I racked my brain, seated there at dinner, wishing I could encompass my entire train of thought into a short answer. I glanced again at Joseph in the chair next to me, wondering which scenes were populating his mind as he contemplated Kaiao’s question. The image of his blue eyes and deep smile lines instantly transported me to still more moments within the past fortnight, moments that had little to do with adventure sports or wild mountain scenery, and everything to do with the very innate human need for companionship. I saw his face, barely visible through the cinched cord of his sleeping bag, gazing at me the first morning we awoke in his truck bed beneath its camper shell as the desert sun spread tiny flecks of light throughout our tiny cocoon. I laughed at the memory of our “February 13th” gifts to each other, the morning of our first day in the Ouray Ice Park: a belay device and daisy chain for me and a propane-powered backpacking torch for him. I remembered the evening we spent parked in a dirt lot in Pagosa Springs, sharing crackers and a block of cheese, sipping wine from a travel mug, music filling the cab. I had turned to him, thinking of that day’s ski runs and now simply enjoying the comfortable silence between us, smiled, and said, “This is really nice.” He looked at me like I was a ghost, an alien creature that had just uttered something unimaginable, amazed that any girl would want to spend two weeks sleeping in a truck, foregoing showers, and munching on raw vegetables out of a cooler for dinner. And then there was the night parked at a camping spot overlooking the dim lights of Ouray just below Red Mountain Pass, watching the snow fall softly on the windshield and listening to Joseph talk about how he always dreamed not just of bringing a girl here, but of actually finding a girl who would come alive here like he did.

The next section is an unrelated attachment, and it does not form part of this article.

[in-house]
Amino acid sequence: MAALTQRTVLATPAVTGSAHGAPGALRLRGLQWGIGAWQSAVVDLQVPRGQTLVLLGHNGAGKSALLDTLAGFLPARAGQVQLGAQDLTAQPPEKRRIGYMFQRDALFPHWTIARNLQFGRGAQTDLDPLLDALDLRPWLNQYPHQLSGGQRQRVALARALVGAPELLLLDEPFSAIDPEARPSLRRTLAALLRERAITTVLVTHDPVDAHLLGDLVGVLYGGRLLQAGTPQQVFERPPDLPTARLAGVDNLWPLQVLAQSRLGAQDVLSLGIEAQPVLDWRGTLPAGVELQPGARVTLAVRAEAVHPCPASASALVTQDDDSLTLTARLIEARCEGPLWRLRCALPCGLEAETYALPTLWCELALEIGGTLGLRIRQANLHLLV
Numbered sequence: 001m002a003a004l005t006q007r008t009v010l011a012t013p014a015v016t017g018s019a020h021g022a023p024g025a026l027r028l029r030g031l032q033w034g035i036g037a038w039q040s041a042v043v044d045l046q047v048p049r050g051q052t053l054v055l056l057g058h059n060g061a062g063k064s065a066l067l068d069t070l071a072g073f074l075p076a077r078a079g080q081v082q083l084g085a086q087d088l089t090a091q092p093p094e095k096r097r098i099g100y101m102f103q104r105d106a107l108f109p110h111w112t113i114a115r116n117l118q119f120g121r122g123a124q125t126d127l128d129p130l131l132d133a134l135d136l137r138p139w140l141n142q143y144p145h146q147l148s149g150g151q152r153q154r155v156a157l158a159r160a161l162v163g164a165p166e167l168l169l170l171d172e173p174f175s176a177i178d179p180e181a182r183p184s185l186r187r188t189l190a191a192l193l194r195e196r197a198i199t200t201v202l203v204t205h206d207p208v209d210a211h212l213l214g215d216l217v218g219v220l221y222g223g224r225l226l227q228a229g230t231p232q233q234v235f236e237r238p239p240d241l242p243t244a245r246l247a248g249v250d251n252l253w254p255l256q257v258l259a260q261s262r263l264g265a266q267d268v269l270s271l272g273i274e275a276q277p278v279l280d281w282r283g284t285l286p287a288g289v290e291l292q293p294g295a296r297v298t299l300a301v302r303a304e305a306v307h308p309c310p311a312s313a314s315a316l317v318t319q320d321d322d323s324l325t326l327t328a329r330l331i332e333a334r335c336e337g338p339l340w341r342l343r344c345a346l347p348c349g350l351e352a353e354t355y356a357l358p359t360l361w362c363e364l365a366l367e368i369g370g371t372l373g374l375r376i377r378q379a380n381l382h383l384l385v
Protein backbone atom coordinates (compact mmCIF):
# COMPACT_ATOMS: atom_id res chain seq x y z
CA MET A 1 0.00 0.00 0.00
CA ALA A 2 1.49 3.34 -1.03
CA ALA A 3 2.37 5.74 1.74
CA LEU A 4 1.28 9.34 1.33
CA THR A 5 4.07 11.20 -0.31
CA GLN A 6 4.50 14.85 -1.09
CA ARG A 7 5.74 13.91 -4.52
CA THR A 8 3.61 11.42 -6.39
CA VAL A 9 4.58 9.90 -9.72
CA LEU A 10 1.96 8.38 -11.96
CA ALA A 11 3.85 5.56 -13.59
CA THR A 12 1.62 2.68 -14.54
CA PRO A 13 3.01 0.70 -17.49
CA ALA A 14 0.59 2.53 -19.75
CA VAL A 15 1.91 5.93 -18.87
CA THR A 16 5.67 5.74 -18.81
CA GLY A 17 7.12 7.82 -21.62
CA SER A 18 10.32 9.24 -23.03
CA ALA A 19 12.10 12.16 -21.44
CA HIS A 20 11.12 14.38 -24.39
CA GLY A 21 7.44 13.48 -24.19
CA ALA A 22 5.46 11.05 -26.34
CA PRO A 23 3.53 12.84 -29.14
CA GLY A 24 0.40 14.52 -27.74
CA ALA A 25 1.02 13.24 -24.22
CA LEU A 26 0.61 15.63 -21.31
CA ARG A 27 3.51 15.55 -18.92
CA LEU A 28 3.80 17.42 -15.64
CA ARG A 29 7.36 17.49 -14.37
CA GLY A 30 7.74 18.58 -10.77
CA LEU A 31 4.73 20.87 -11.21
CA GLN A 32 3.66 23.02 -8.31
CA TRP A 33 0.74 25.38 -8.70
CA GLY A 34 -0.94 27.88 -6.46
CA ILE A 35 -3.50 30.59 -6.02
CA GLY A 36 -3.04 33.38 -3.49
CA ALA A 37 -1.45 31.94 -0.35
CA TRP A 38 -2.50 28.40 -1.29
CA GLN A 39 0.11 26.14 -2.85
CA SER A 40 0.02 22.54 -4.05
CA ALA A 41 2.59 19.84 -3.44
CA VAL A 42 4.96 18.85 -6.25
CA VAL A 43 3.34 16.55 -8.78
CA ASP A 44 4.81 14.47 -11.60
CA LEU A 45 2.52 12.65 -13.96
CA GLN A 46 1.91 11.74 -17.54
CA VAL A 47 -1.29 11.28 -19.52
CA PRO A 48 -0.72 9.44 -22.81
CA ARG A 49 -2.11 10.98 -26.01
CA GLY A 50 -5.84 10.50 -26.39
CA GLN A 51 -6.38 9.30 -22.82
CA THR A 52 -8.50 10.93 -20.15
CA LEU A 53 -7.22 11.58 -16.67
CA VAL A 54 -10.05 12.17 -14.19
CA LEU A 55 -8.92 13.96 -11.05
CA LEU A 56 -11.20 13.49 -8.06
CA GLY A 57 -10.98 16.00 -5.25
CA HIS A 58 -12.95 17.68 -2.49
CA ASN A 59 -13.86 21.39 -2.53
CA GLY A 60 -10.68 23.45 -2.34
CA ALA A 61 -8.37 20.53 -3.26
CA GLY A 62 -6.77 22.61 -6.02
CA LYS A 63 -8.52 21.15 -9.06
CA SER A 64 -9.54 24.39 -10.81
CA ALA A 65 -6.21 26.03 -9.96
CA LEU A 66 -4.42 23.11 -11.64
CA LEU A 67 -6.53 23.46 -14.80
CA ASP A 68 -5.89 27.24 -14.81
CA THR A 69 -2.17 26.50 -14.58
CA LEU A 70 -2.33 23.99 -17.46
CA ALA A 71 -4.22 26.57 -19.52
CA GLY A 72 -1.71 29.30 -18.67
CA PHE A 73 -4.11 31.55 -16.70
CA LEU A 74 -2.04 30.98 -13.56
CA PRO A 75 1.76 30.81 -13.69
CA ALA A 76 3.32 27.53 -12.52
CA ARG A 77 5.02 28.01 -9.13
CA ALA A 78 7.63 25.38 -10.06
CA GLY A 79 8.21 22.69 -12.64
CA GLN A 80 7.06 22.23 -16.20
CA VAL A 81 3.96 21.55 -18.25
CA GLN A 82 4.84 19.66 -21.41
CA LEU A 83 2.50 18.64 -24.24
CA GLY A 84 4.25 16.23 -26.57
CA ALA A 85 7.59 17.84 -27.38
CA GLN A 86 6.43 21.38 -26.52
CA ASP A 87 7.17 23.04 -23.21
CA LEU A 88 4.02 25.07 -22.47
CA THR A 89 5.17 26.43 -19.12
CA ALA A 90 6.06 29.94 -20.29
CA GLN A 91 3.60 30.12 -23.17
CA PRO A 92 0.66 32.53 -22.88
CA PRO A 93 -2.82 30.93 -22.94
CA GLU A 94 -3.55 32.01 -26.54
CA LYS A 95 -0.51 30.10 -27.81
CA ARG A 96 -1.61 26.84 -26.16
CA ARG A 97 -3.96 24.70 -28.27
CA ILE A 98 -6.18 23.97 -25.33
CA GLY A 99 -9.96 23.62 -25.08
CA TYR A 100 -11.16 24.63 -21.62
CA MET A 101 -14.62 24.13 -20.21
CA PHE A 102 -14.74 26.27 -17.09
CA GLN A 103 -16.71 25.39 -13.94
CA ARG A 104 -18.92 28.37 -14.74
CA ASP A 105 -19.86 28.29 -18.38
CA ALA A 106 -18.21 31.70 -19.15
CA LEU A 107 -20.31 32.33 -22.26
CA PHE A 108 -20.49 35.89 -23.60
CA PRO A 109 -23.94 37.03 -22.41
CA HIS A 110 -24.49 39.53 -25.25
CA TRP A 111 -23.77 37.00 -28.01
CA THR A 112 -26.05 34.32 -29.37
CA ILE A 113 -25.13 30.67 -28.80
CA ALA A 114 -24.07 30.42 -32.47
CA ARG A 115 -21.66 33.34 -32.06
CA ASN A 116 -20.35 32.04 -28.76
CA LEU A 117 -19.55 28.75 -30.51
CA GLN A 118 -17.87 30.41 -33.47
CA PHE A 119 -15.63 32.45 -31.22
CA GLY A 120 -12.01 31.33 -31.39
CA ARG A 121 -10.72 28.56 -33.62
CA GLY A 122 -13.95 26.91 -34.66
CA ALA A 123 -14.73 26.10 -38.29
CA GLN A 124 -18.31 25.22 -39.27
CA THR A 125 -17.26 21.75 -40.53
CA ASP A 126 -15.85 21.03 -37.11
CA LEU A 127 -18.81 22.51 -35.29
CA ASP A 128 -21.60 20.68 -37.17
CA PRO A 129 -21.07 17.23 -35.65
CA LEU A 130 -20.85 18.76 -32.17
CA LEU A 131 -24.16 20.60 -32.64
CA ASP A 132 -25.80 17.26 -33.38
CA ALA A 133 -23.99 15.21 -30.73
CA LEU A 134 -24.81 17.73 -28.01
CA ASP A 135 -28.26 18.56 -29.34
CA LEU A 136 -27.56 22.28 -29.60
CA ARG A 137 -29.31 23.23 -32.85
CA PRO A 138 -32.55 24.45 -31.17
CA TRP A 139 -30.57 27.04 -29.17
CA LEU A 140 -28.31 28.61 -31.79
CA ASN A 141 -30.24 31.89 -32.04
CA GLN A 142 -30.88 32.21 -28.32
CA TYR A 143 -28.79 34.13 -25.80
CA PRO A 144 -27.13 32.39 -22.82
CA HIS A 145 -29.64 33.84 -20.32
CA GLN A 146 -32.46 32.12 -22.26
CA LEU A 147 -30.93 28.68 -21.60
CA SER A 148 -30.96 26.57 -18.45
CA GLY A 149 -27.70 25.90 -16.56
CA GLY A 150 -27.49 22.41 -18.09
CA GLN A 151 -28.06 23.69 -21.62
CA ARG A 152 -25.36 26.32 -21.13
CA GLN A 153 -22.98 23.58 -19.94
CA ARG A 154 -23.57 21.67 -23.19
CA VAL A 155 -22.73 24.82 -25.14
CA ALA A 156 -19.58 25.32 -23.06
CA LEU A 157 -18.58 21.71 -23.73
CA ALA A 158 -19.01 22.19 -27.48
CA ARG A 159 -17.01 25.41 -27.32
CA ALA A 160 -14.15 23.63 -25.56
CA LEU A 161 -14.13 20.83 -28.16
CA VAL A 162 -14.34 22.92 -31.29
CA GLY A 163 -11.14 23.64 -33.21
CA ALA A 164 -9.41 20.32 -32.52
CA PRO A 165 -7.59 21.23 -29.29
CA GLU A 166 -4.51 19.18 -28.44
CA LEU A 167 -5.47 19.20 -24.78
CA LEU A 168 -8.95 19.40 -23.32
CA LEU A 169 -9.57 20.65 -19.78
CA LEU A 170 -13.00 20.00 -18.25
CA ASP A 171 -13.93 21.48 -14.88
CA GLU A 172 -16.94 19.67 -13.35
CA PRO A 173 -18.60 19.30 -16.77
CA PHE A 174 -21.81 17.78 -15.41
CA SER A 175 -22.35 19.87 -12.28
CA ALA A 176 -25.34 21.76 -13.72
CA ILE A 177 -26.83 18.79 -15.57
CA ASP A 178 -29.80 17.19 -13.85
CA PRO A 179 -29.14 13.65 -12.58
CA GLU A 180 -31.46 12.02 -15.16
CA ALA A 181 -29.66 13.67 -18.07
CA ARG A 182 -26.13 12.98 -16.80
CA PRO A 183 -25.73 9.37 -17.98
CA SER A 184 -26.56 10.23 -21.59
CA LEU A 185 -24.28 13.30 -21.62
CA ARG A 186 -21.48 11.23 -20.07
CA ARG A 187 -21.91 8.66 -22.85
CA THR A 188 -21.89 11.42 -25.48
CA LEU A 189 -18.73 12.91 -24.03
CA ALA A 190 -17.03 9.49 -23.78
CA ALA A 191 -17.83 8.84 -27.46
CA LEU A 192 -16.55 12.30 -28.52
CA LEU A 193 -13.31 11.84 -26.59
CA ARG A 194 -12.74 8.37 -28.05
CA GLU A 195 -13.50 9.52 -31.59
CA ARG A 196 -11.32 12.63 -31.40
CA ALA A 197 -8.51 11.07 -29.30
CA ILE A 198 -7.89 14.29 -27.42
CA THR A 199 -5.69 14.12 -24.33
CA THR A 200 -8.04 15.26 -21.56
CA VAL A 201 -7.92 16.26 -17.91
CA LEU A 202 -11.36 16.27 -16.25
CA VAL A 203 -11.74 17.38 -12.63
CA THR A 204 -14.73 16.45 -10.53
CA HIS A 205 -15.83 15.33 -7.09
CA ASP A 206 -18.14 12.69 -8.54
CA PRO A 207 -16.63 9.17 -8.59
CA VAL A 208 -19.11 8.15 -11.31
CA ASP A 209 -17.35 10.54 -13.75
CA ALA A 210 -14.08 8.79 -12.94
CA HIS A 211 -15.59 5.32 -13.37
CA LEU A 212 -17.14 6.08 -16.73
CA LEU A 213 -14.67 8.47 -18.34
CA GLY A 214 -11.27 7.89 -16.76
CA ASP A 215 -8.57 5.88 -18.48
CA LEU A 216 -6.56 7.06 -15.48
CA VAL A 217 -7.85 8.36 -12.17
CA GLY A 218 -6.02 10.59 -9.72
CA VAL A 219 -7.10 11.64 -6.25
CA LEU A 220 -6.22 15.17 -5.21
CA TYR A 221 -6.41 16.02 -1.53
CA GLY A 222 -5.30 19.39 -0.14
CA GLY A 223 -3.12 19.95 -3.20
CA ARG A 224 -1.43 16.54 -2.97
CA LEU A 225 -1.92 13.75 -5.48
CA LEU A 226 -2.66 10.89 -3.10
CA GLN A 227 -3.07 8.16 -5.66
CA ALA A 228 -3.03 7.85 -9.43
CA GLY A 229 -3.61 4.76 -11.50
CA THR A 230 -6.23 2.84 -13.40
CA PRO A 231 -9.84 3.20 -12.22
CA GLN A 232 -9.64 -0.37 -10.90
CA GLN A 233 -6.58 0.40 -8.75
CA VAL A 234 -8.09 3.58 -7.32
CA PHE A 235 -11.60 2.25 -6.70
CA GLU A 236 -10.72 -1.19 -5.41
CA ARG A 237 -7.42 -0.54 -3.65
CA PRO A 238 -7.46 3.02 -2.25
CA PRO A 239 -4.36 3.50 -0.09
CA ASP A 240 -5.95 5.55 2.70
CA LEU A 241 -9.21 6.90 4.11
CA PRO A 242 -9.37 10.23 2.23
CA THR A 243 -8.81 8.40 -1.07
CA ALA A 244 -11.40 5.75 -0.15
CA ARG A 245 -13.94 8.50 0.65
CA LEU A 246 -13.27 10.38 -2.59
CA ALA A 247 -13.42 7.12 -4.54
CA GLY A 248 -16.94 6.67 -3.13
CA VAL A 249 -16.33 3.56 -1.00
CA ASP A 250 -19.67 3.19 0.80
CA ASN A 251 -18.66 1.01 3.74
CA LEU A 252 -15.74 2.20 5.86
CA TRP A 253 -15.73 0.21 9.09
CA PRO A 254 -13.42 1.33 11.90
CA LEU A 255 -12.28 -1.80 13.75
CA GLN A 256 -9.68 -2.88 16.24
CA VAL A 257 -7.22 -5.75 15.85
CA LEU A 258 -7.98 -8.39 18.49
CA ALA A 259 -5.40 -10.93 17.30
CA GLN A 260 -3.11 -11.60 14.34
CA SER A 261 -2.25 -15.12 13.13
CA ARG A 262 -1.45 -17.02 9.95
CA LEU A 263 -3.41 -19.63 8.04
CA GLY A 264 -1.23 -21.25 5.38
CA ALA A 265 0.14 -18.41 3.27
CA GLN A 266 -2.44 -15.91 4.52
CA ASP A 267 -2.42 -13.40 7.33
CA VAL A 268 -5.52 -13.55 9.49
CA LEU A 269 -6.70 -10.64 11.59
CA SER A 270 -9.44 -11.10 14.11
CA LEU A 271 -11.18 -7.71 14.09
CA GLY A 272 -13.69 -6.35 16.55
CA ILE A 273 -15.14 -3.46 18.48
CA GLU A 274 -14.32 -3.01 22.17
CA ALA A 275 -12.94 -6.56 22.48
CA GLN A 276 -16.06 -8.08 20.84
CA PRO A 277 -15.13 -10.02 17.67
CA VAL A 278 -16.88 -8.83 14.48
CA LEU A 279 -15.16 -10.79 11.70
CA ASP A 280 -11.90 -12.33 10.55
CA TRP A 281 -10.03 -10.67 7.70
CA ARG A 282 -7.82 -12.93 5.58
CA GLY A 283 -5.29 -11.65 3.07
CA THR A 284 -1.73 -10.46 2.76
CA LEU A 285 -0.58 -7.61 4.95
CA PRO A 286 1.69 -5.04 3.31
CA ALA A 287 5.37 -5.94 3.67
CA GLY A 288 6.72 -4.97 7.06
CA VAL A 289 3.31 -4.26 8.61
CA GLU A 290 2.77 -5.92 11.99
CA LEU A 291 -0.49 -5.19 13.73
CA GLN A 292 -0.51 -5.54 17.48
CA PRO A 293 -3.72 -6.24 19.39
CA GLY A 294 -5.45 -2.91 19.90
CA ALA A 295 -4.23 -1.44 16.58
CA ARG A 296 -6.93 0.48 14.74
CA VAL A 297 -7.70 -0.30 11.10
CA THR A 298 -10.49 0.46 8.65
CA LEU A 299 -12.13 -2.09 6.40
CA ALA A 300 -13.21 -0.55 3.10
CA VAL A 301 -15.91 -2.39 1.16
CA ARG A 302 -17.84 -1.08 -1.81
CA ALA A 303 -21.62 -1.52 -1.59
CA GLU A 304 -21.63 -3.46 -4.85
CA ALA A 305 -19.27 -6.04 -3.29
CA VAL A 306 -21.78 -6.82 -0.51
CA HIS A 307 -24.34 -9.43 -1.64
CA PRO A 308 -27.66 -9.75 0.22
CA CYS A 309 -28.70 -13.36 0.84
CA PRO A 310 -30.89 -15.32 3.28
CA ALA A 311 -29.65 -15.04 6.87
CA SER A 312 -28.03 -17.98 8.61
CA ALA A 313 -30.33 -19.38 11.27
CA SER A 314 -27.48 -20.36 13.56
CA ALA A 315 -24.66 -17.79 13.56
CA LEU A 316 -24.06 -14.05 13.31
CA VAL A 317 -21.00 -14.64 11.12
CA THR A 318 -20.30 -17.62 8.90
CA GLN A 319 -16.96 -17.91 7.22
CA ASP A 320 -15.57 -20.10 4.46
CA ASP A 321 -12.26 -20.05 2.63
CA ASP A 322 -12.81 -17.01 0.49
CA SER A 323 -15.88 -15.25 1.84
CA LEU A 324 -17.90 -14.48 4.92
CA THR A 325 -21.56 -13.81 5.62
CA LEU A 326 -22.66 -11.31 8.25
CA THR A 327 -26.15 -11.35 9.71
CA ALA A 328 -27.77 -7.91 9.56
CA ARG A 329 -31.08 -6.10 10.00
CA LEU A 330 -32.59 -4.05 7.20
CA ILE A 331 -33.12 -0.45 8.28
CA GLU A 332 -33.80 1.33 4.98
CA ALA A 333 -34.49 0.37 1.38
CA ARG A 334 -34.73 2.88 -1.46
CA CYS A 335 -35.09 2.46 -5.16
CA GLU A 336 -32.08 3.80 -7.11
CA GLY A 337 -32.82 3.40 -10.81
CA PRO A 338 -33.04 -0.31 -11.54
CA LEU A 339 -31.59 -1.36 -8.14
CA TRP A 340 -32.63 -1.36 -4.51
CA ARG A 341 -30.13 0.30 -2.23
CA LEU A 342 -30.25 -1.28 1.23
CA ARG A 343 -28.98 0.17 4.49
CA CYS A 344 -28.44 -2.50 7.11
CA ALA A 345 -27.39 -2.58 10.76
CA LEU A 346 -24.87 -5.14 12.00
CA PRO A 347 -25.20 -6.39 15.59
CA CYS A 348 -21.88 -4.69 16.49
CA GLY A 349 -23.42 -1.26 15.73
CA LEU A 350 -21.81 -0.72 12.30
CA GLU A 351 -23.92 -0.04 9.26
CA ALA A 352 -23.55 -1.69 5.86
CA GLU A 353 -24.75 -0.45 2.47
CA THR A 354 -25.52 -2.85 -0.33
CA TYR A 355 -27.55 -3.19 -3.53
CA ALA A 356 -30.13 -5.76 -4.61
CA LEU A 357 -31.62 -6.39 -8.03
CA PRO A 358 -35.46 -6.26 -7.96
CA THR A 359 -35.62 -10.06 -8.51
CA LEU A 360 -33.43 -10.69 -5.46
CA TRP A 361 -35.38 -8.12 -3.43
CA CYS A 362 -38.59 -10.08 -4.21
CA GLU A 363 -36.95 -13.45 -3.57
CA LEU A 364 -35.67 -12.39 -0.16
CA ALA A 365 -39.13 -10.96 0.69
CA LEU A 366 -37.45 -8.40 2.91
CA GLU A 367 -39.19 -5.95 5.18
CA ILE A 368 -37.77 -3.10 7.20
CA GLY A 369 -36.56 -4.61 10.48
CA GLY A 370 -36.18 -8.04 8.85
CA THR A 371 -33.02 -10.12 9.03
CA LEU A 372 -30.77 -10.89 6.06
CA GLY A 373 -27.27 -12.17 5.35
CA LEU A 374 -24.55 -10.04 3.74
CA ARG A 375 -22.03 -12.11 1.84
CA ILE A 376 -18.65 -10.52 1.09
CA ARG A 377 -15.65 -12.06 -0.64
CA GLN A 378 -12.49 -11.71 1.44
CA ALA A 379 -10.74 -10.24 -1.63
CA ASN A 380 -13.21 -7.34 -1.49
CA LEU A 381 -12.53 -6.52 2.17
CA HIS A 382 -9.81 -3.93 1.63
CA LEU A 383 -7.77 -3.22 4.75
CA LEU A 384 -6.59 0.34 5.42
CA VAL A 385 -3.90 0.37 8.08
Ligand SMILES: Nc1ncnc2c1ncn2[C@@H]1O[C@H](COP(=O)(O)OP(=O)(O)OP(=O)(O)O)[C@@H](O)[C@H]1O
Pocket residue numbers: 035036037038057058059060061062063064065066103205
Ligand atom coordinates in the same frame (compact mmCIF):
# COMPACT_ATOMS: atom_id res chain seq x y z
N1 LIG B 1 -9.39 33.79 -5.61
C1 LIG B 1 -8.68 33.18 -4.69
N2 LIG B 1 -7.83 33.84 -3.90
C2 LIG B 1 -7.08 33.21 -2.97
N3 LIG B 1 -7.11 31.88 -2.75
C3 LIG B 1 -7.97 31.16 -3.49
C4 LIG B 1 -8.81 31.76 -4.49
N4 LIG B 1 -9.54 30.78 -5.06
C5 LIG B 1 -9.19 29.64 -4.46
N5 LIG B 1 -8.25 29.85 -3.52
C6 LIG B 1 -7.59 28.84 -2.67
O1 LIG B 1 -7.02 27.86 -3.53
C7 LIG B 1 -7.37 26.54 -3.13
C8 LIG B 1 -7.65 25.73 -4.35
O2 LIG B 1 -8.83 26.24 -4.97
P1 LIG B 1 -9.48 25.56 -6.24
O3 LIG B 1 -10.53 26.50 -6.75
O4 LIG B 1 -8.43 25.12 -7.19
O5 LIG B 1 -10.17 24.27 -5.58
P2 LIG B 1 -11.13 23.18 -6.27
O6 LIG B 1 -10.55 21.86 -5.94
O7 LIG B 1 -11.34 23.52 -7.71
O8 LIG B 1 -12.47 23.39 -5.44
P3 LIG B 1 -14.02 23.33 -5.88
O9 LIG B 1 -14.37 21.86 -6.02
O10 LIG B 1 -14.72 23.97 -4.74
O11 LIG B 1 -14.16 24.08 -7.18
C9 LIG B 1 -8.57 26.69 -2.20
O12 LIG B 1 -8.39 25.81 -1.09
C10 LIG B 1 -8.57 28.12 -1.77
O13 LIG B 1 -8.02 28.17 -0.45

The best part of our trip? The mountains, the snow, the adventures, the adrenaline rushes and thousand-mile views of rugged, awe-inspiring peaks were all incredible, and created memories to be cherished for a lifetime. But the best part was holding Joseph’s hand for those two weeks, standing beside a man whose soul also feeds on the mountains, whose lifeblood, like mine, is drinking in the crisp alpine air. I never thought it was possible, but his presence actually magnified the majesty of the mountains.

I looked at Kaiao as these thoughts formulated, imagined explaining to him the new ray of light that colored these mountains I had loved my whole life, imagined explaining the love I had found there.

“Ice climbing was pretty epic,” I told him, catching Joseph’s eye and smiling.

Some of the best things are better left unsaid.

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I’ve yet to figure out what’s happening in this picture. All I know is we took it at Wolf Creek.

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This one is a little better – on the way up Kachina Peak.

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The aftermath . . . most of the stuff we took on our two-week adventure dumped onto the floor of Joseph’s house. Yes, I said most.

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2 responses to “The Best Part

  1. Great Post! I still remember that night like it was yesterday 🙂 We have to do it again soon!